accidental service. But Mrs. Carfry and her sister, to
whom this point of view was unknown, and who would
have found it utterly incomprehensible, felt themselves
linked by an eternal gratitude to the "delightful Americans"
who had been so kind at Botzen. With touching
fidelity they seized every chance of meeting Mrs. Archer
and Janey in the course of their continental travels, and
displayed a supernatural acuteness in finding out when
they were to pass through London on their way to or
from the States. The intimacy became indissoluble, and
Mrs. Archer and Janey, whenever they alighted at
Brown's Hotel, found themselves awaited by two affectionate
friends who, like themselves, cultivated ferns in
Wardian cases, made macrame lace, read the memoirs
of the Baroness Bunsen and had views about the
occupants of the leading London pulpits. As Mrs. Archer
said, it made "another thing of London" to know Mrs.
Carfry and Miss Harle; and by the time that Newland
became engaged the tie between the families was so
firmly established that it was thought "only right" to
send a wedding invitation to the two English ladies,
who sent, in return, a pretty bouquet of pressed Alpine
flowers under glass. And on the dock, when Newland
and his wife sailed for England, Mrs. Archer's last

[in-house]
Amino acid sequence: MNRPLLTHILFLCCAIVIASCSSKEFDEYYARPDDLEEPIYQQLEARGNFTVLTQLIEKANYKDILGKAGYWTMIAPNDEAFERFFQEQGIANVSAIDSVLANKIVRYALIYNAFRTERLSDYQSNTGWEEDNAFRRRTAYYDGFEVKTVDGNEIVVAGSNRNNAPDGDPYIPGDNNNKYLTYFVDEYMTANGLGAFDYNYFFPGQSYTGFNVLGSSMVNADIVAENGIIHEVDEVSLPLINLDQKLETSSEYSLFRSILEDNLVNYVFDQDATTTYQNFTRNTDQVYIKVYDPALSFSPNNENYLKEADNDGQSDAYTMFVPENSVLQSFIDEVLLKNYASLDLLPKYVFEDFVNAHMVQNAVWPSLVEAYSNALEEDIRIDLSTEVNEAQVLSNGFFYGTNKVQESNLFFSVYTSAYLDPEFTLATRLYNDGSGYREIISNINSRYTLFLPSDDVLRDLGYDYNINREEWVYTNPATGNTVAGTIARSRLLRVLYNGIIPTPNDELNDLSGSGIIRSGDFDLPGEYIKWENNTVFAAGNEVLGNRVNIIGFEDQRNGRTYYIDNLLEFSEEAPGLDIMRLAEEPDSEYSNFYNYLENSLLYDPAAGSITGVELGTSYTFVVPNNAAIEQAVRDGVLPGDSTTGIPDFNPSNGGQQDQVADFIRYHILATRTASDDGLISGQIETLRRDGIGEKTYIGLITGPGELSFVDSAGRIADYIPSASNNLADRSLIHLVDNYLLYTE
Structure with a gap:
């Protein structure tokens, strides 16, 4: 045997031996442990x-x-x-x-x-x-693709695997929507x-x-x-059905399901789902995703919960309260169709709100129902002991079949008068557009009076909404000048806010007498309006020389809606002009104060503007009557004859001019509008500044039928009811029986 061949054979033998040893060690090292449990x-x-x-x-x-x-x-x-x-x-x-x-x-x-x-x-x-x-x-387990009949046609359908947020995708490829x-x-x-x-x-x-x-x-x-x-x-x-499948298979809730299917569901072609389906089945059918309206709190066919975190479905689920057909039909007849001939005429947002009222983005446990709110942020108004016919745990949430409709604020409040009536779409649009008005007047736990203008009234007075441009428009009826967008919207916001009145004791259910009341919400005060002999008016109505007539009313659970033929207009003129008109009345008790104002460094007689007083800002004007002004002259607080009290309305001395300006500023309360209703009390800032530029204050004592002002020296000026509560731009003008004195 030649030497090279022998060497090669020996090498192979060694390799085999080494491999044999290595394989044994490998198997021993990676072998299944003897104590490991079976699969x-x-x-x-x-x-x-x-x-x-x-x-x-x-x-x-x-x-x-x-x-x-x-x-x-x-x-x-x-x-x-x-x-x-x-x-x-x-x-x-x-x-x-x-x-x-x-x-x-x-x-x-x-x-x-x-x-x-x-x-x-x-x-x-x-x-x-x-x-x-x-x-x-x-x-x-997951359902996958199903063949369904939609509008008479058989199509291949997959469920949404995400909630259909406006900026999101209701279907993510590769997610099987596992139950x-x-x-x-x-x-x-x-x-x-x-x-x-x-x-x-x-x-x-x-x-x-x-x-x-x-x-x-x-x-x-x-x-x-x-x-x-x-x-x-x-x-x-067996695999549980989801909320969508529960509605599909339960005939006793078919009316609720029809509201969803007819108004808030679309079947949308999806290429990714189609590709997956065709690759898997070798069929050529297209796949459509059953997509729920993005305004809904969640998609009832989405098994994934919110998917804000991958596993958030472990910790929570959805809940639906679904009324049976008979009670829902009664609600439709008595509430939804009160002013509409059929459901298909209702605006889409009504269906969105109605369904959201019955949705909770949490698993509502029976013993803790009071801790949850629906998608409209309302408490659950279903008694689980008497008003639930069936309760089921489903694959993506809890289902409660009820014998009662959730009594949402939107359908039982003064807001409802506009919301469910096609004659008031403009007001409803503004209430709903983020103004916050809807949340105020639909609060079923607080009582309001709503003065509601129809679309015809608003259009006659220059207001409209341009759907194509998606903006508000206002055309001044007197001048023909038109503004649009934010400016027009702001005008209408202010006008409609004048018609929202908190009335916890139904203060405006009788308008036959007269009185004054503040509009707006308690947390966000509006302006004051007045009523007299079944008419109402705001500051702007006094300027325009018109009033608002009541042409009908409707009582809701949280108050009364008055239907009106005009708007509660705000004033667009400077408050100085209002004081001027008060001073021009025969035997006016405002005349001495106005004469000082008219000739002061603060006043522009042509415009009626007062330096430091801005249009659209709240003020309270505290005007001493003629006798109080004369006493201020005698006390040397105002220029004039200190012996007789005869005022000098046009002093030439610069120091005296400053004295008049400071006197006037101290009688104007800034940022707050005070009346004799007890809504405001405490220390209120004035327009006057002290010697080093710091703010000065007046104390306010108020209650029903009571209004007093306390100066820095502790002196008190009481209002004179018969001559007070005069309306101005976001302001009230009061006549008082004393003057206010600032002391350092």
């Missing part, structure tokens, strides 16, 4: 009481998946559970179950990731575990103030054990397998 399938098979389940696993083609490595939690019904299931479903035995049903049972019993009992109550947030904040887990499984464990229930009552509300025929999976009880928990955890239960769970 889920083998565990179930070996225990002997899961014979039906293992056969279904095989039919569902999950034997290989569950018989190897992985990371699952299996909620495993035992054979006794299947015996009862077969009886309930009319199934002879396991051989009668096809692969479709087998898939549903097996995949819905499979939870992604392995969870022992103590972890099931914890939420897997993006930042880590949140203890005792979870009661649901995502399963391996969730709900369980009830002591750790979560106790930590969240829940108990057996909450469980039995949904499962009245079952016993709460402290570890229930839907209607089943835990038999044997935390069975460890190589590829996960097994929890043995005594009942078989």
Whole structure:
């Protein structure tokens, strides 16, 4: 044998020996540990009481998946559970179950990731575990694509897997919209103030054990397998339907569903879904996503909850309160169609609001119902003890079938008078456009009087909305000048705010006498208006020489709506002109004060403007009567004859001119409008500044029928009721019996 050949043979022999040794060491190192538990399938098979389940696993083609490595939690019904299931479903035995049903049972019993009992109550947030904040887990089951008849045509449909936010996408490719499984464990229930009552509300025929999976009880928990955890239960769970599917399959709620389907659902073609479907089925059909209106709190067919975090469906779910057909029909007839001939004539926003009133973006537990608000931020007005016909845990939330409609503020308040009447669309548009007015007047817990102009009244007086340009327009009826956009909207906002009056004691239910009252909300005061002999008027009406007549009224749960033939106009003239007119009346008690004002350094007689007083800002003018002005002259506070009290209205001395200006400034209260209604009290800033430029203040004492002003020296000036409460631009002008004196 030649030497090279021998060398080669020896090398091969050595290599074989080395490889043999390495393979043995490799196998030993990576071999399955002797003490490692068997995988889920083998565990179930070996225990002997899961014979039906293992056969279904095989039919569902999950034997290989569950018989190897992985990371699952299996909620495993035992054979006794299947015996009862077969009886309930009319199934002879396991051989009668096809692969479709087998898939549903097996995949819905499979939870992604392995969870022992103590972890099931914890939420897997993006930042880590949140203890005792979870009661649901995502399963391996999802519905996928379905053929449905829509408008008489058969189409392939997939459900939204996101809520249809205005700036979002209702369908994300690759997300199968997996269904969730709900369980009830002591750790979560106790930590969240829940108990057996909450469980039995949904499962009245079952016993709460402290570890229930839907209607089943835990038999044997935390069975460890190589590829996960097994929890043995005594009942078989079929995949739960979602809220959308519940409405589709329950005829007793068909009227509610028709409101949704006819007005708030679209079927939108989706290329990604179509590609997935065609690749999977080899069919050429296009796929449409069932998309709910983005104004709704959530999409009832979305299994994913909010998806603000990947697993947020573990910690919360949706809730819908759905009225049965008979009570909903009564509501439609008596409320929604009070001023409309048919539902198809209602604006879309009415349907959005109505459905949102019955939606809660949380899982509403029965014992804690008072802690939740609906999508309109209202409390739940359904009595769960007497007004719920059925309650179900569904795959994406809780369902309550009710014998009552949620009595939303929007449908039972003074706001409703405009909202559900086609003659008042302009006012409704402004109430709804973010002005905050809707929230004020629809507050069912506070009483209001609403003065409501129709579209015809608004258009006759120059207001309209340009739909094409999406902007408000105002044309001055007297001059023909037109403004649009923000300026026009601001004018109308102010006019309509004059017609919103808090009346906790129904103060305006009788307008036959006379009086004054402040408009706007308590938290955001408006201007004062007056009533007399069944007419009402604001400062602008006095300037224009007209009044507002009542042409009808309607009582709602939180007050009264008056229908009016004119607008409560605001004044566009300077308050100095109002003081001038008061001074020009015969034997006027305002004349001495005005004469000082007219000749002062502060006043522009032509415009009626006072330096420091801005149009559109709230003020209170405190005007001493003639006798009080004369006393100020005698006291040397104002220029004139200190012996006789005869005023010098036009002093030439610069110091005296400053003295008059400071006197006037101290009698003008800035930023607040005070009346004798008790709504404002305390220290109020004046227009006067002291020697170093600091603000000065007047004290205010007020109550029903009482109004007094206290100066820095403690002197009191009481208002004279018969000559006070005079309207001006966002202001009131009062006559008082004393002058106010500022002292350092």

word had been: "You must take May to see Mrs.
Carfry."

Newland and his wife had had no idea of obeying
this injunction; but Mrs. Carfry, with her usual acuteness,
had run them down and sent them an invitation
to dine; and it was over this invitation that May Archer
was wrinkling her brows across the tea and muffins.

"It's all very well for you, Newland; you KNOW them.
But I shall feel so shy among a lot of people I've never
met. And what shall I wear?"

Newland leaned back in his chair and smiled at her.
She looked handsomer and more Diana-like than ever.
The moist English air seemed to have deepened the
bloom of her cheeks and softened the slight hardness of
her virginal features; or else it was simply the inner
glow of happiness, shining through like a light under
ice.

"Wear, dearest? I thought a trunkful of things had
come from Paris last week."

"Yes, of course. I meant to say that I shan't know